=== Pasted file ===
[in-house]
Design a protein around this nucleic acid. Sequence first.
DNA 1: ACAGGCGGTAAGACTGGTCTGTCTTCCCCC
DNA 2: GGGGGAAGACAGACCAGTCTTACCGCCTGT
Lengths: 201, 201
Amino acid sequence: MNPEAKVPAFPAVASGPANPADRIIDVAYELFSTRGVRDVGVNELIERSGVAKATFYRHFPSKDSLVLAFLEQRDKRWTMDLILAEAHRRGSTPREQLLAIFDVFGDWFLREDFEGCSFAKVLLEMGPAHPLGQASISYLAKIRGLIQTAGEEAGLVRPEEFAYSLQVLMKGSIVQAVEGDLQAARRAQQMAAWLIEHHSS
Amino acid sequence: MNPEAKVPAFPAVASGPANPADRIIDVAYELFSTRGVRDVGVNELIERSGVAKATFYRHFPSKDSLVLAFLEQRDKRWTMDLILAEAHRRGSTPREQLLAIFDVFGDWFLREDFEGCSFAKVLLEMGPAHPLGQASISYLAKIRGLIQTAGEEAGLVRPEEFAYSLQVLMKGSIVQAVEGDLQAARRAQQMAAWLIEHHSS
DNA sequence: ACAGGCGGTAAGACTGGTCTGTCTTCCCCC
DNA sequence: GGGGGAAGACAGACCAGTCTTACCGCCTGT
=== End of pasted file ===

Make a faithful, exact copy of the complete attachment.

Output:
[in-house]
Design a protein around this nucleic acid. Sequence first.
DNA 1: ACAGGCGGTAAGACTGGTCTGTCTTCCCCC
DNA 2: GGGGGAAGACAGACCAGTCTTACCGCCTGT
Lengths: 201, 201
Amino acid sequence: MNPEAKVPAFPAVASGPANPADRIIDVAYELFSTRGVRDVGVNELIERSGVAKATFYRHFPSKDSLVLAFLEQRDKRWTMDLILAEAHRRGSTPREQLLAIFDVFGDWFLREDFEGCSFAKVLLEMGPAHPLGQASISYLAKIRGLIQTAGEEAGLVRPEEFAYSLQVLMKGSIVQAVEGDLQAARRAQQMAAWLIEHHSS
Amino acid sequence: MNPEAKVPAFPAVASGPANPADRIIDVAYELFSTRGVRDVGVNELIERSGVAKATFYRHFPSKDSLVLAFLEQRDKRWTMDLILAEAHRRGSTPREQLLAIFDVFGDWFLREDFEGCSFAKVLLEMGPAHPLGQASISYLAKIRGLIQTAGEEAGLVRPEEFAYSLQVLMKGSIVQAVEGDLQAARRAQQMAAWLIEHHSS
DNA sequence: ACAGGCGGTAAGACTGGTCTGTCTTCCCCC
DNA sequence: GGGGGAAGACAGACCAGTCTTACCGCCTGT